504 ARG   ( 134-)  B      -6.64
 184 LEU   ( 184-)  A      -6.43
 189 ARG   ( 189-)  A      -6.35
 574 ARG   ( 204-)  B      -6.34
 307 ARG   ( 314-)  A      -6.28
 188 GLN   ( 188-)  A      -6.19
 238 ARG   ( 241-)  A      -6.12
 204 ARG   ( 204-)  A      -6.11
 558 GLN   ( 188-)  B      -6.03
 680 ARG   ( 314-)  B      -6.01
 267 GLN   ( 270-)  A      -5.86
 559 ARG   ( 189-)  B      -5.81
 640 GLN   ( 270-)  B      -5.78
 554 LEU   ( 184-)  B      -5.74
  94 GLN   (  94-)  A      -5.68
 464 GLN   (  94-)  B      -5.68
 611 ARG   ( 241-)  B      -5.45
 134 ARG   ( 134-)  A      -5.42
 668 TRP   ( 302-)  B      -5.42
 418 HIS   (  48-)  B      -5.41
 295 TRP   ( 302-)  A      -5.40
  48 HIS   (  48-)  A      -5.34
 401 GLN   (  31-)  B      -5.04
 322 LYS   ( 329-)  A      -5.02

Warning: Abnormal packing environment for sequential residues

A stretch of at least three sequential residues with a questionable packing environment was found. This could indicate that these residues are part of a strange loop. It might also be an indication of misthreading in the density. However, it can also indicate that one or more residues in this stretch have other problems such as, for example, missing atoms, very weird angles or bond lengths, etc.

The table below lists the first and last residue in each stretch found, as well as the average residue score of the series.

 187 ILE   ( 187-)  A       189 - ARG    189- ( A)         -5.72
 557 ILE   ( 187-)  B       559 - ARG    189- ( B)         -5.55

Note: Quality value plot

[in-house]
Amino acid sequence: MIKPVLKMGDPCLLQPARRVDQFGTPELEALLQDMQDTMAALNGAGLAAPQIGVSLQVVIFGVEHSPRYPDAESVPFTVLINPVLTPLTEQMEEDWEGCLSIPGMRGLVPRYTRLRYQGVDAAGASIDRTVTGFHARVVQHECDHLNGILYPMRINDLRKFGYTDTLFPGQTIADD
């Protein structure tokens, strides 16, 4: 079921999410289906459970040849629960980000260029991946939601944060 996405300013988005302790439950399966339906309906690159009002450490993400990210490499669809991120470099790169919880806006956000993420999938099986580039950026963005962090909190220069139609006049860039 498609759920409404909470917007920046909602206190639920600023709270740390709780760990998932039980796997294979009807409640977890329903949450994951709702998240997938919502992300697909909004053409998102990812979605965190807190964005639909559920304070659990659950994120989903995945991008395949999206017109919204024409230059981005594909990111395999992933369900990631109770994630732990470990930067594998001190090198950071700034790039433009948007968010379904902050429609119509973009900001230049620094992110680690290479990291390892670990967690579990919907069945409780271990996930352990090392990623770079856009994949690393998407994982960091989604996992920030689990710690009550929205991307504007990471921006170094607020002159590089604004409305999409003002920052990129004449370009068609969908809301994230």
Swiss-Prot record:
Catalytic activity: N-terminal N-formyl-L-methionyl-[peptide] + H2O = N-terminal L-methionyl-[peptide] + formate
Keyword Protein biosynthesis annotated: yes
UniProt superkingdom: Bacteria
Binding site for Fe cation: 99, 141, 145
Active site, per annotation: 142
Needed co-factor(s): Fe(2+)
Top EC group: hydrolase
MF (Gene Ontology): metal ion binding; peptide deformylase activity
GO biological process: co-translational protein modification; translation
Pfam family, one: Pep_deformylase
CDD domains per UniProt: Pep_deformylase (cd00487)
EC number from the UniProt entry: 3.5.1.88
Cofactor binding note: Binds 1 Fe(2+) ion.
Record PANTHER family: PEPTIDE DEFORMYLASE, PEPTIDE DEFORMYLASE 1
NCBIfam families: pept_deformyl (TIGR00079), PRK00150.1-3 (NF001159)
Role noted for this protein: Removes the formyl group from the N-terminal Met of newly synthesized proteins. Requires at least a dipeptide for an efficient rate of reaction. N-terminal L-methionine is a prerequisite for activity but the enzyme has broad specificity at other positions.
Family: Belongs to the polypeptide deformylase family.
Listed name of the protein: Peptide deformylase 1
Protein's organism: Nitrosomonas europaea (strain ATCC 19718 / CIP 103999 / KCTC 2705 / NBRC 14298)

The quality value smoothed over a 10 residue window is plotted as function of the residue number. Low areas in the plot (below -2.0) indicate unusual packing.

Chain identifier: A

Note: Quality value plot

The quality value smoothed over a 10 residue window is plotted as function of the residue number. Low areas in the plot (below -2.0) indicate unusual packing.

Chain identifier: B

Warning: Low packing Z-score for some residues

The residues listed in the table below have an unusual packing environment according to the 2nd generation packing check. The score listed in the table is a packing normality Z-score: positive means better than average, negative means worse than average. Only residues scoring less than -2.50 are listed here. These are the unusual residues in the structure, so it will be interesting to take a special look at them.

 313 ALA   ( 320-)  A   -2.76
 686 ALA   ( 320-)  B   -2.70
 561 ILE   ( 191-)  B   -2.62

Note: Second generation quality Z-score plot

The second generation quality Z-score smoothed over a 10 residue window is plotted as function of the residue number. Low areas in the plot (below -1.3) indicate unusual packing.

Chain identifier: A

Note: Second generation quality Z-score plot

Chain identifier: B

Water, ion, and hydrogenbond related checks

Warning: Water molecules need moving

The water molecules listed in the table below were found to be significantly closer to a symmetry related non-water molecule than to the ones given in the coordinate file. For optimal viewing convenience revised coordinates for these water molecules should be given.